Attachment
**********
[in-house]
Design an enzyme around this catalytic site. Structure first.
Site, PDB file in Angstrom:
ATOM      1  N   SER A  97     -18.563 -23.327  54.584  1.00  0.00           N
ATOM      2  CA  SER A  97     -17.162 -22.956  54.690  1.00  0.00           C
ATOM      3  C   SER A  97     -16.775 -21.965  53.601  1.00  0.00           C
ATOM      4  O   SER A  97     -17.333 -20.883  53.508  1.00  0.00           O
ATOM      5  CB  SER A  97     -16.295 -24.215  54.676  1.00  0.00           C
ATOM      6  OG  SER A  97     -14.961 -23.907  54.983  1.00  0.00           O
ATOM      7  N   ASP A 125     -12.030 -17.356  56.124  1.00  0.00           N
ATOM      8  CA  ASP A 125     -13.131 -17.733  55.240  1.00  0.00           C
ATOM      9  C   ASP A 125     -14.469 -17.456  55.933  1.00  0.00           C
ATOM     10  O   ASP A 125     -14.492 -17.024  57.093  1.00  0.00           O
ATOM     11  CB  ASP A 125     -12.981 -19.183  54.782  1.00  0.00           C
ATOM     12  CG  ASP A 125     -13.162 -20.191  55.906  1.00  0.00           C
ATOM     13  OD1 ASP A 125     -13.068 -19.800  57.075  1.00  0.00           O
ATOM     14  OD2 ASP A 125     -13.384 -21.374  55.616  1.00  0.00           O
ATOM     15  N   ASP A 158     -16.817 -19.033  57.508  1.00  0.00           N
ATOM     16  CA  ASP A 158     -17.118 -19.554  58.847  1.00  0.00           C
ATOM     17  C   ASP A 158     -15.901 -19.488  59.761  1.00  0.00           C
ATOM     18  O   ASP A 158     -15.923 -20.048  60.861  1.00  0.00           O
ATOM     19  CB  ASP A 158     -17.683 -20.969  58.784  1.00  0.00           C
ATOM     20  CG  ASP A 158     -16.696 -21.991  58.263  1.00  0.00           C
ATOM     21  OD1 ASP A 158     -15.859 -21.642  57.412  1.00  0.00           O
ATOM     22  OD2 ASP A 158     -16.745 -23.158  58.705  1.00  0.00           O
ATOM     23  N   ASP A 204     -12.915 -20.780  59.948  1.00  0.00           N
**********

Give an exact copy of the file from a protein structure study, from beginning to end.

[in-house]
Design an enzyme around this catalytic site. Structure first.
Site, PDB file in Angstrom:
ATOM      1  N   SER A  97     -18.563 -23.327  54.584  1.00  0.00           N
ATOM      2  CA  SER A  97     -17.162 -22.956  54.690  1.00  0.00           C
ATOM      3  C   SER A  97     -16.775 -21.965  53.601  1.00  0.00           C
ATOM      4  O   SER A  97     -17.333 -20.883  53.508  1.00  0.00           O
ATOM      5  CB  SER A  97     -16.295 -24.215  54.676  1.00  0.00           C
ATOM      6  OG  SER A  97     -14.961 -23.907  54.983  1.00  0.00           O
ATOM      7  N   ASP A 125     -12.030 -17.356  56.124  1.00  0.00           N
ATOM      8  CA  ASP A 125     -13.131 -17.733  55.240  1.00  0.00           C
ATOM      9  C   ASP A 125     -14.469 -17.456  55.933  1.00  0.00           C
ATOM     10  O   ASP A 125     -14.492 -17.024  57.093  1.00  0.00           O
ATOM     11  CB  ASP A 125     -12.981 -19.183  54.782  1.00  0.00           C
ATOM     12  CG  ASP A 125     -13.162 -20.191  55.906  1.00  0.00           C
ATOM     13  OD1 ASP A 125     -13.068 -19.800  57.075  1.00  0.00           O
ATOM     14  OD2 ASP A 125     -13.384 -21.374  55.616  1.00  0.00           O
ATOM     15  N   ASP A 158     -16.817 -19.033  57.508  1.00  0.00           N
ATOM     16  CA  ASP A 158     -17.118 -19.554  58.847  1.00  0.00           C
ATOM     17  C   ASP A 158     -15.901 -19.488  59.761  1.00  0.00           C
ATOM     18  O   ASP A 158     -15.923 -20.048  60.861  1.00  0.00           O
ATOM     19  CB  ASP A 158     -17.683 -20.969  58.784  1.00  0.00           C
ATOM     20  CG  ASP A 158     -16.696 -21.991  58.263  1.00  0.00           C
ATOM     21  OD1 ASP A 158     -15.859 -21.642  57.412  1.00  0.00           O
ATOM     22  OD2 ASP A 158     -16.745 -23.158  58.705  1.00  0.00           O
ATOM     23  N   ASP A 204     -12.915 -20.780  59.948  1.00  0.00           N